Prior to the Board of Governors’ vote to "relocate" the school, a substantial majority of the faculty, having been denied repeated requests for both a written relocation proposal and a meaningful opportunity to comment as a group on the wisdom of this move, sent a resolution to the Board opposing the proposed move and explaining that opposition [PDF]. There are all sorts of reasons why one would find it imprudent to leave a well-populated area, where a law school has made valuable contacts with the profession and for its students over the last seven years, to move 1,300 miles to a new and untested community, isolated from most of the kinds of social networks in which legal communities thrive. The resolution pointed out many of these concerns in a detailed response [PDF] to the administration's feasibility study regarding the move [PDF 5.3MB]. Given the recent track record of the poor governance of AMSL under the current administration, and given that the same governing authority will exercise an even greater range of influence - directly or indirectly - over all of Ave Maria Town, we cannot subject our institution, ourselves, and our families to the whim of that authority over the entire community: university, housing, shops, town, public services, children's schools, and Oratory.
In fact, no more than a handful of faculty members will be moving to Florida. In combination with other challenges facing Ave Maria University [overview], it is our opinion, based upon the information made available to us and the opinions of knowledgeable persons whom we have consulted, that the ABAwill not acquiesce to the move. If AMSL moves without such acquiescence, it stands to lose its most valuable asset, its ABA accreditation.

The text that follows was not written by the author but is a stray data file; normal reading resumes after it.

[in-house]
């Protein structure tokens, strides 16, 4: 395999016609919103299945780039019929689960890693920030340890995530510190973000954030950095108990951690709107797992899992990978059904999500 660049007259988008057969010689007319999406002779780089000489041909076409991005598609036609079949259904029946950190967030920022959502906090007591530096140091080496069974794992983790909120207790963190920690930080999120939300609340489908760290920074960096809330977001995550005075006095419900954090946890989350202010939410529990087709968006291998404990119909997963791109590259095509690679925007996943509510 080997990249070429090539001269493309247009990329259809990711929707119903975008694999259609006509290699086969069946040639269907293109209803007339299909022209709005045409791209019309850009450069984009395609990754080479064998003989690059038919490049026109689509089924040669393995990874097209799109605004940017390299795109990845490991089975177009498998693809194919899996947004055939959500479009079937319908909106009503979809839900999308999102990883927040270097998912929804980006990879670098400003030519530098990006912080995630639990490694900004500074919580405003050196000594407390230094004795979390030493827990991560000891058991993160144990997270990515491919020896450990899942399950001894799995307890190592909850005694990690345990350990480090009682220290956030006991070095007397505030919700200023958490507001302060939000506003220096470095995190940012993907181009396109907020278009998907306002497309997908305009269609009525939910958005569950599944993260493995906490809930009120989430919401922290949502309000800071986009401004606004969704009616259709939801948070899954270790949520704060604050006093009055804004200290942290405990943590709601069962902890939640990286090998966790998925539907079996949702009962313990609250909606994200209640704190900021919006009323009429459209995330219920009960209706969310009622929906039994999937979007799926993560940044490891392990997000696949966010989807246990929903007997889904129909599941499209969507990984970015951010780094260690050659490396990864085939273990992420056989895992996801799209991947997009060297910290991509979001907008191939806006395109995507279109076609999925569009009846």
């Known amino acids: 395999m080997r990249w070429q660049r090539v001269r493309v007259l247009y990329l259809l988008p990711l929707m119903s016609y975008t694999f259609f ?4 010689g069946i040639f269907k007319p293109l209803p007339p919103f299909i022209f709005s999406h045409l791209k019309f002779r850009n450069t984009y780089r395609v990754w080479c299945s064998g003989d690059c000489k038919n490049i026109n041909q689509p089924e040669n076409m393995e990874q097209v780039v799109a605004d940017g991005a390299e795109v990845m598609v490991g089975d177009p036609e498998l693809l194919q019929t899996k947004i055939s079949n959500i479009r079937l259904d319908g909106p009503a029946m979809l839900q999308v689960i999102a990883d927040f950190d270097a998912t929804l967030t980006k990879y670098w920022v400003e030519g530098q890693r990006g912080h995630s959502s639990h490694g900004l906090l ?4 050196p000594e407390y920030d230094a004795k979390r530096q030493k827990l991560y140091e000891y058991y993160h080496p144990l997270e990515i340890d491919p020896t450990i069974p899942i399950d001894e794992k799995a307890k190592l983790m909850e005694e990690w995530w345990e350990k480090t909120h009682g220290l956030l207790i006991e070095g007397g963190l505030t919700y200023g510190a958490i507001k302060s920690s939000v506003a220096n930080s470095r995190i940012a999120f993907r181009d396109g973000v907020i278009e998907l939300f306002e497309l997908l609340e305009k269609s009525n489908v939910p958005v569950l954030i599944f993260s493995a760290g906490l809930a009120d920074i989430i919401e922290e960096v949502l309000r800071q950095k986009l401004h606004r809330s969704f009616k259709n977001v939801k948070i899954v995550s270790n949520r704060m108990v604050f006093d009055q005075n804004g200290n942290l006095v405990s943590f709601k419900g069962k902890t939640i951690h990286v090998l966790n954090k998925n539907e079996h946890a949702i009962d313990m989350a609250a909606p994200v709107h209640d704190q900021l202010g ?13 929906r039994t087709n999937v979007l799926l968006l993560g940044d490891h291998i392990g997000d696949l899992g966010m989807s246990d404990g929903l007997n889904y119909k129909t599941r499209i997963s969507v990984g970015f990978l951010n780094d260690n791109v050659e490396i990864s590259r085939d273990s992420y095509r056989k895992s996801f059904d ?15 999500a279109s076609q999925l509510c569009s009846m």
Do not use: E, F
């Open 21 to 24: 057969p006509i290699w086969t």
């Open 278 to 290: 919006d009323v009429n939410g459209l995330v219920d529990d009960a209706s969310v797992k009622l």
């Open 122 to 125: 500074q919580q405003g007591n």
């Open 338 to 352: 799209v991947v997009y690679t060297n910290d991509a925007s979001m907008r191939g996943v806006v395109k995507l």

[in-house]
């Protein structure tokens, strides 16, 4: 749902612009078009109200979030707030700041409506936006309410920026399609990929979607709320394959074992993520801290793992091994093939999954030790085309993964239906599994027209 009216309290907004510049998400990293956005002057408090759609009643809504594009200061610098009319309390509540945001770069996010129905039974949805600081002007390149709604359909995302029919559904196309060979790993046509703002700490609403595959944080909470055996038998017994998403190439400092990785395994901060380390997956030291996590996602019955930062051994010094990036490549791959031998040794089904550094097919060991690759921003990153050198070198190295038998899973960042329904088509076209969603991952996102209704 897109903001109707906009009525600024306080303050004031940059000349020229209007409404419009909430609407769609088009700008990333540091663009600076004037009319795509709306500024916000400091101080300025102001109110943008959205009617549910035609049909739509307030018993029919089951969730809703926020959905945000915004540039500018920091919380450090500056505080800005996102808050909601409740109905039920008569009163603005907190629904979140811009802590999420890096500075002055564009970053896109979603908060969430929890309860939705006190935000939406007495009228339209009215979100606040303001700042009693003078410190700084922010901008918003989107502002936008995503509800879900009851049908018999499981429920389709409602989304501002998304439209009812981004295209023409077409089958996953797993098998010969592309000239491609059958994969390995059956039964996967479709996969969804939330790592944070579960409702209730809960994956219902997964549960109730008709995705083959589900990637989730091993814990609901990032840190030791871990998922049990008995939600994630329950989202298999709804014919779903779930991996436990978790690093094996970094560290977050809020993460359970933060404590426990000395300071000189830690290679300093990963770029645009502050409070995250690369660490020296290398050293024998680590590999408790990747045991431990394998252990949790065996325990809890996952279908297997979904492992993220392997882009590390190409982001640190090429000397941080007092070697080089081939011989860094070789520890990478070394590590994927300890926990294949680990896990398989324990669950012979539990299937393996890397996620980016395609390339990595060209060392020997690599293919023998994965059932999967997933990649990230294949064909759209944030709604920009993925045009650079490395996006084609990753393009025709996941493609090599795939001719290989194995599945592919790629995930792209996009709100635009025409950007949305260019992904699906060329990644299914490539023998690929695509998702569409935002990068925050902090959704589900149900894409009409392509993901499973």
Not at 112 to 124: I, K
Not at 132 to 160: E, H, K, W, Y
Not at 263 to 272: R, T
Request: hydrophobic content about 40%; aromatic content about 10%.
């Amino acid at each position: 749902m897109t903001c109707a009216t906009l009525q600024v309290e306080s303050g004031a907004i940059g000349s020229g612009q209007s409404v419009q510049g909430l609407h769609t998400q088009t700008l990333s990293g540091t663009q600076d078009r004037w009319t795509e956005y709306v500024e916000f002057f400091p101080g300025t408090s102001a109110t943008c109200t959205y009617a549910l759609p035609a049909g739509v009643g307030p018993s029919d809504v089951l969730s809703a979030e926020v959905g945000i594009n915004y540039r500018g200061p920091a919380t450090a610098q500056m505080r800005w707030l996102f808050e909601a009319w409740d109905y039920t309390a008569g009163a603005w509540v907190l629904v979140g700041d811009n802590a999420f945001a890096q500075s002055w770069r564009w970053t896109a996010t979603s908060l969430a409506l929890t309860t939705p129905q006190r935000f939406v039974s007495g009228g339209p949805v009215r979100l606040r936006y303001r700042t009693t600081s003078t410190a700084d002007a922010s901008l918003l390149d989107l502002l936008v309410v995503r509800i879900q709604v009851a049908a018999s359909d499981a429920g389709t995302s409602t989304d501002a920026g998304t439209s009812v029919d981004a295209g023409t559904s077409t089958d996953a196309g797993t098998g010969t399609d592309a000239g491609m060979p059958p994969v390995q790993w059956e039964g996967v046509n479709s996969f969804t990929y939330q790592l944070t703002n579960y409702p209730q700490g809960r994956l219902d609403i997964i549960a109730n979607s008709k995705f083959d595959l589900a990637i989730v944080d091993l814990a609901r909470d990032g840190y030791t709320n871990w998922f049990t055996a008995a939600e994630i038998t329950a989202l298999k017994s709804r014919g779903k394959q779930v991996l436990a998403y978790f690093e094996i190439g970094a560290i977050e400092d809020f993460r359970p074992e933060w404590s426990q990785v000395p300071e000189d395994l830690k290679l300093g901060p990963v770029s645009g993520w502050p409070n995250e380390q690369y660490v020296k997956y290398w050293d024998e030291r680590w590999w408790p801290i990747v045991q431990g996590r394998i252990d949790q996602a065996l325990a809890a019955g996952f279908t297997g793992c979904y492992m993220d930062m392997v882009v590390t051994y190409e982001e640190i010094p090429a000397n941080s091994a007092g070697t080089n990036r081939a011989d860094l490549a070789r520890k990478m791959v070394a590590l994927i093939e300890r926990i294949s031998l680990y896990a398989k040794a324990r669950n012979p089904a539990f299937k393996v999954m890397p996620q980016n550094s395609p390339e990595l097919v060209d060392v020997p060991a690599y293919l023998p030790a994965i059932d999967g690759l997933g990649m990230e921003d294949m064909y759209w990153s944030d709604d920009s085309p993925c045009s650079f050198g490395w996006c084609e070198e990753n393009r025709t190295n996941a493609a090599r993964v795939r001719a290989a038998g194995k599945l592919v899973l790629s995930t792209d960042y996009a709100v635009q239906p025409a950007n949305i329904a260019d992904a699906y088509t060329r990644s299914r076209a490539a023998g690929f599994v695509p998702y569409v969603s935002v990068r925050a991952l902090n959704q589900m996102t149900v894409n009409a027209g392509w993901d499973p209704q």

The fear is growing that Dean Dobranski and Mr. Monaghan now intend to abandon our school, whether or not a new one eventually will arise in Florida. Indeed, at a recent meeting with AMSL students, the Dean stated that the administration has no contingency plan in the event that the ABA refuses to acquiesce in the move, and that two Board members believe that AMSL is a "failed experiment."
This "spin" on events unfortunately is not unexpected. Mr. Monaghan has already abandoned and destroyed two colleges (Ave Maria College in Michigan and Orchard Lake Saint Mary's College, also in Michigan). So it is sadly unsurprising that he is behaving in this manner. More disappointing is Dean Dobranski's conduct, refusing even to meet with his own faculty to discuss issues of governance and the move - insisting, in effect, that they are none of the faculty's business. Most disappointing is the conduct of the Board, which has (or had) among its members two cardinals and four prominent Catholic professors.
Acting as if the move to Florida is a fait accompli before acquiescence has been granted, and failing to have a contingency plan should it be denied, is reckless. In view of this failure, faculty members have investigated options for maintaining a program of sound Catholic legal education in Ann Arbor, and have uncovered several promising avenues. We ask for support for these efforts in the near future from our colleagues around the country.